Profiles, Alfred Sloan
Aug 17, 2015


Don’t wait for stories to appear in the store when you can become a member of Wheelbase Media’s weekly news service and save more than 50 percent while gaining instant access to the new features as they’re produced. Click here to get started.

If you are not a member of the media, but still wish to check out some of our stories online, visit, which is owned by Wheelbase Media.Use: Media professionals demanding top-quality automotive content for print/Web.Professional artwork, editing. What it is: Cars are nothing without the people who create them and those who own, collect and preserve them. Profiles is designed to bring prominent, interesting car people to your readers’ attention. Fun, informative and masterfully designed, like most Wheelbase features, Profiles comes to you as a Quark Xpress/Adobe InDesign module that is completely editable for any space within your print pages or automotive Web site.

Product specifications

  • Mac and PC page layout with accompanying text and art files for maximum work flexibility.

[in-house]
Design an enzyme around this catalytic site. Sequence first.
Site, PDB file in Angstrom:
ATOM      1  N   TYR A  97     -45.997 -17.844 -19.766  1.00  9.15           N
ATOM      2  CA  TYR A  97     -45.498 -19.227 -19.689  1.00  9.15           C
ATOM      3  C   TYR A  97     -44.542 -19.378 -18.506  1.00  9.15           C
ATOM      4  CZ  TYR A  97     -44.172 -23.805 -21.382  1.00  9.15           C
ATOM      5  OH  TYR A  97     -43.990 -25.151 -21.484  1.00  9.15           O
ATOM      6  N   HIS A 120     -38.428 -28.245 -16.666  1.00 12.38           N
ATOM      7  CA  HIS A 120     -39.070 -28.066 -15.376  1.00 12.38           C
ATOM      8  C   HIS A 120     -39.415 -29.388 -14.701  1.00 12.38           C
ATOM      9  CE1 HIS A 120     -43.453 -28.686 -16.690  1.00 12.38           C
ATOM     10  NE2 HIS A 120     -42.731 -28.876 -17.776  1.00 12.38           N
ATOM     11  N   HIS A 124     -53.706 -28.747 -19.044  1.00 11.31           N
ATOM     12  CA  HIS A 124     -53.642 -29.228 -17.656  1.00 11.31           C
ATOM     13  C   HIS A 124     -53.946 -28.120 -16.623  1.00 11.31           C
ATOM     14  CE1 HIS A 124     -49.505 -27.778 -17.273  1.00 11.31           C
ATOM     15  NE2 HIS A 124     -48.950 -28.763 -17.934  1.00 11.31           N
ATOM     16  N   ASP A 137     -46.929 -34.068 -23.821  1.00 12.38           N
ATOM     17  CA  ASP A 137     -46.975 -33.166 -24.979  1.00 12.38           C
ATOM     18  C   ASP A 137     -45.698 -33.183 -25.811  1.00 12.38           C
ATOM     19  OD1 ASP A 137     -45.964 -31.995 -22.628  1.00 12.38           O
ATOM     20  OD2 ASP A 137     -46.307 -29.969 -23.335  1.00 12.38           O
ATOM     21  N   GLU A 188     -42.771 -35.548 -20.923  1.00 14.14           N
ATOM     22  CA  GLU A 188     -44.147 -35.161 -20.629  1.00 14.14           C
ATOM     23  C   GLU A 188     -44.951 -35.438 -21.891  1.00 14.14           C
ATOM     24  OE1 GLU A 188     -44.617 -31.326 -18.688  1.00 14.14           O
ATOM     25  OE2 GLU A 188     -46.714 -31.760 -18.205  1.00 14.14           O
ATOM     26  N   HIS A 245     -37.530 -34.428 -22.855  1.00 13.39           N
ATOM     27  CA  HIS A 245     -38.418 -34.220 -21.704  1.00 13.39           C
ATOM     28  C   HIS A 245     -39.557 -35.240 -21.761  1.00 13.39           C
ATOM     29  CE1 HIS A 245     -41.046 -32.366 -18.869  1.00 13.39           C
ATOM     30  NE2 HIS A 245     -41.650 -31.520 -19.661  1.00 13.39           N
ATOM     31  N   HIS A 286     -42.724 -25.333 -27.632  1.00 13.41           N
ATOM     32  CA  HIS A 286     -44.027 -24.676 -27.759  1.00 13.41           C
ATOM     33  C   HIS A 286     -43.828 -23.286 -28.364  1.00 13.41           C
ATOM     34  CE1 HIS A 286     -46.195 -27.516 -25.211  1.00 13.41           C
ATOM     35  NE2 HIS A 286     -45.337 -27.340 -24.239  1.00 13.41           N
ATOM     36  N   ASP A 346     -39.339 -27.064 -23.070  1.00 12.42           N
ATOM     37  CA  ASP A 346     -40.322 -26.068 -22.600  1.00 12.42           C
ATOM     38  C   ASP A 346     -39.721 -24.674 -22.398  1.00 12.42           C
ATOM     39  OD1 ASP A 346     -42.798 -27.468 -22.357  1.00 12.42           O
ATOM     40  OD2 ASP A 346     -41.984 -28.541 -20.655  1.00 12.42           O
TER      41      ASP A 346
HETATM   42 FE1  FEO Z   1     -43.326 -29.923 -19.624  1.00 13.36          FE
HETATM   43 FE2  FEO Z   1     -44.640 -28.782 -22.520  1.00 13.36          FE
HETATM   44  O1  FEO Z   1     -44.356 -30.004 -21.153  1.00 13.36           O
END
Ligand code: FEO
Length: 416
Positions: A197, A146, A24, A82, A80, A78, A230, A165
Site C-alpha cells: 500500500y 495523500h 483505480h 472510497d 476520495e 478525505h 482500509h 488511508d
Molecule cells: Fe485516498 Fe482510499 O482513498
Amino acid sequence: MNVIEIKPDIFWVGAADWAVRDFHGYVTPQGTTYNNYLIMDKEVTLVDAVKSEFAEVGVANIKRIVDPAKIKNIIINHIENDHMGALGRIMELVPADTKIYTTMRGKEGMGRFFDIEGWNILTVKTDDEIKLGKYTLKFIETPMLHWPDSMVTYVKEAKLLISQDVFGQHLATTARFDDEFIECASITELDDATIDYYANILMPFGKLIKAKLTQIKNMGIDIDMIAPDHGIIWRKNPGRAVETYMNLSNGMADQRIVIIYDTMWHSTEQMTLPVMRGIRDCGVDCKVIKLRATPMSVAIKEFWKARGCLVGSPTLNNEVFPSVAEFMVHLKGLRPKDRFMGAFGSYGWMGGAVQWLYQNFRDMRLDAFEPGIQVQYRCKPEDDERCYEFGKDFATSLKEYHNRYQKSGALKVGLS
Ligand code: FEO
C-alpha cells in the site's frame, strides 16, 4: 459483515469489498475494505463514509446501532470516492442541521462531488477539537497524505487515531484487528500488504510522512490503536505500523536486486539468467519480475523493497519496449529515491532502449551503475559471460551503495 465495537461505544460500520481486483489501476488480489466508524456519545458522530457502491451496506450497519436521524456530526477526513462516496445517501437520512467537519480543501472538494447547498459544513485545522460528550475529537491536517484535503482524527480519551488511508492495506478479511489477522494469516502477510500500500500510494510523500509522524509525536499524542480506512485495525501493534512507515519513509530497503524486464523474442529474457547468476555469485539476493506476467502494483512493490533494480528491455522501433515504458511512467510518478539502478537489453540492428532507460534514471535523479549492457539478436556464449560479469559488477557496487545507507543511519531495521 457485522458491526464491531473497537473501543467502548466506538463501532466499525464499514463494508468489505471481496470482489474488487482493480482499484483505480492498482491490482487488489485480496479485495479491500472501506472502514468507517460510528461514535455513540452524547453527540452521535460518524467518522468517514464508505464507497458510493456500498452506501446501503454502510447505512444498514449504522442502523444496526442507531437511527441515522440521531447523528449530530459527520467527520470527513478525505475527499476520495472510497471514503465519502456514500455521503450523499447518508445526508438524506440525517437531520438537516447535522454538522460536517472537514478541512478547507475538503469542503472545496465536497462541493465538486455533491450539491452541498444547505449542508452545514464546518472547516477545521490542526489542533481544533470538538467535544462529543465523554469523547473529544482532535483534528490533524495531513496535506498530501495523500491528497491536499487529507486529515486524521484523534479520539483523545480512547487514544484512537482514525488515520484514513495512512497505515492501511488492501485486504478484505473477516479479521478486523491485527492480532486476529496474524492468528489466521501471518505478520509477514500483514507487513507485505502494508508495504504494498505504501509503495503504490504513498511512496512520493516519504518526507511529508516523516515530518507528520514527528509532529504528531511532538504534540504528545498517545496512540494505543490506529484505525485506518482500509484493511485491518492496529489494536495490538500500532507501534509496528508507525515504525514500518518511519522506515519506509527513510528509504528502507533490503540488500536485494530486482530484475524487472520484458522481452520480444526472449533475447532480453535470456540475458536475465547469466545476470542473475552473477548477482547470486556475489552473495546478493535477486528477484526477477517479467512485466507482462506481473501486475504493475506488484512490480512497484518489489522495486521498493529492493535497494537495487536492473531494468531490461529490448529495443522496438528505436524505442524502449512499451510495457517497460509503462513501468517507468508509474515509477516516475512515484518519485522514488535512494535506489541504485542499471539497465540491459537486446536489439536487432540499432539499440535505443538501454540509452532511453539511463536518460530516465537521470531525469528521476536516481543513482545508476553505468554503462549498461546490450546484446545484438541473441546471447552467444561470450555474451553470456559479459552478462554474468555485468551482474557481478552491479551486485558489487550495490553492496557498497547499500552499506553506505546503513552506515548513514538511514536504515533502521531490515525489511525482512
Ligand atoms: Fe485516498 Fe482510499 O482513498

• High-resolution artwork suitable for print.
  • Includes Photoshop layers file of main art, where applicable.
  • Multi-platform page layout opens with either Quark Xpress or Adobe Indesign.
  • Layout is 8×21.5 inches (for newspaper use), with some depth variation from week to week, but can be reconfigured by your designer to fit most spaces.
  • PDF of layout included.
  • About 850 words: separate text file included.
  • Fonts are not included, but we attempt to stay with standard system fonts. If not, just change the fonts to match your style.


The Tucker automobile went straight from Mr. Tucker’s brain to sheetmetal — no real prototype to speak of — in 100 days. Although innovative in many ways, the project was incredibly ambitious for such a short timeframe. Hailed as a visionary by some and a con artist by others, Tucker could not be denied the fact he was miles ahead of his time. Fuel injection. Disc brakes. Headlights that would swivel as the car turned a corner. The stuff of the 21st century, right? Try again. Try Tucker’s infamous 1948 automobile, once advertised as “The Car of Tomorrow,” even if it never really got past yesterday

Please contact us to order this feature.